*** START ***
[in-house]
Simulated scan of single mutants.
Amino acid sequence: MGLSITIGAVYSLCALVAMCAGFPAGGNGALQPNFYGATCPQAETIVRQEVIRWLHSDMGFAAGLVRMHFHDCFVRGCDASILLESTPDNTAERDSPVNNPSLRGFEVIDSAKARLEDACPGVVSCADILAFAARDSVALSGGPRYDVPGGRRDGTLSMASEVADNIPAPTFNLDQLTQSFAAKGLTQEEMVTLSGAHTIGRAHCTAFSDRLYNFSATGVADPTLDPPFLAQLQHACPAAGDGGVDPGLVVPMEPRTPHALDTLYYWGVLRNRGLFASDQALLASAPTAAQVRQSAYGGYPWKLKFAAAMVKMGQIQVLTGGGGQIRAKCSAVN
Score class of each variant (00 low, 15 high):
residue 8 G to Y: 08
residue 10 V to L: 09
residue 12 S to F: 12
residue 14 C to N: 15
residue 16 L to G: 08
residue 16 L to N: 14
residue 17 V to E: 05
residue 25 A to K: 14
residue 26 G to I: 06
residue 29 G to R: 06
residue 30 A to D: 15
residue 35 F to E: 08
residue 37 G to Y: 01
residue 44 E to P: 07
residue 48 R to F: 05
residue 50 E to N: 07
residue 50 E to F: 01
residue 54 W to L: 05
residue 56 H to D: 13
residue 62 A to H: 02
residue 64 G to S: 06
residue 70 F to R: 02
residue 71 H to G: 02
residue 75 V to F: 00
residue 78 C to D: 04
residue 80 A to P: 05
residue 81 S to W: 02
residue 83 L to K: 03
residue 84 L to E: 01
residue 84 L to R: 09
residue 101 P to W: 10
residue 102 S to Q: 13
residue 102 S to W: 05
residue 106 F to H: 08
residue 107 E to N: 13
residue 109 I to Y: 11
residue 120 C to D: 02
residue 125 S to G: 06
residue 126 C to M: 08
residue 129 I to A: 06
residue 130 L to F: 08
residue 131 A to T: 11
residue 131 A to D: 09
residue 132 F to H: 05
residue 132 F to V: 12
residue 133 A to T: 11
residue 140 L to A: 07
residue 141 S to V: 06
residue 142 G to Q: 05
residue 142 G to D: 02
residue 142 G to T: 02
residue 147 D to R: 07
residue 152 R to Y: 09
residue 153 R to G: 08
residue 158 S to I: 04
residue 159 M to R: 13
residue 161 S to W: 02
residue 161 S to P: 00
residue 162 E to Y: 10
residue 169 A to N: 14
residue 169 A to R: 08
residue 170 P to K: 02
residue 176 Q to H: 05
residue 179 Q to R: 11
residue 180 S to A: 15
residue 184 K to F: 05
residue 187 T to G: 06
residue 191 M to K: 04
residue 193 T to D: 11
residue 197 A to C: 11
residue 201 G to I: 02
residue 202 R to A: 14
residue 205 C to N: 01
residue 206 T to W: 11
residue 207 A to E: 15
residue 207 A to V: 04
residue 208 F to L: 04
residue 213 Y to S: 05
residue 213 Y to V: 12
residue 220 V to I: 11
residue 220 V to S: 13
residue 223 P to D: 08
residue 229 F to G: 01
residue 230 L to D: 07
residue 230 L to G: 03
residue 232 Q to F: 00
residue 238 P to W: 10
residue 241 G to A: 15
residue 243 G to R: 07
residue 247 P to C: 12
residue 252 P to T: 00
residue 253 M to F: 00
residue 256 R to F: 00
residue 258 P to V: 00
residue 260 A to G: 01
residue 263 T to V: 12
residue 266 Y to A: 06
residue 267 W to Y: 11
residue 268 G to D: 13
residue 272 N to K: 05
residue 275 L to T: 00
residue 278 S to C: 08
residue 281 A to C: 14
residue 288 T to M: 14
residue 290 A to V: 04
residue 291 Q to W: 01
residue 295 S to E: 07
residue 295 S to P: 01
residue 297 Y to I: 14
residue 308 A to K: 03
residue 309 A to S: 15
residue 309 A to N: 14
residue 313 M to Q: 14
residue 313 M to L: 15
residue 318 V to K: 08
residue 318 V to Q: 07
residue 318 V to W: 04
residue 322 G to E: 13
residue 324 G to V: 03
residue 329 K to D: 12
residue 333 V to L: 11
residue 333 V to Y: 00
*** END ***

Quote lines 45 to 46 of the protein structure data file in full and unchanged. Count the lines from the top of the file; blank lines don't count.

residue 130 L to F: 08
residue 131 A to T: 11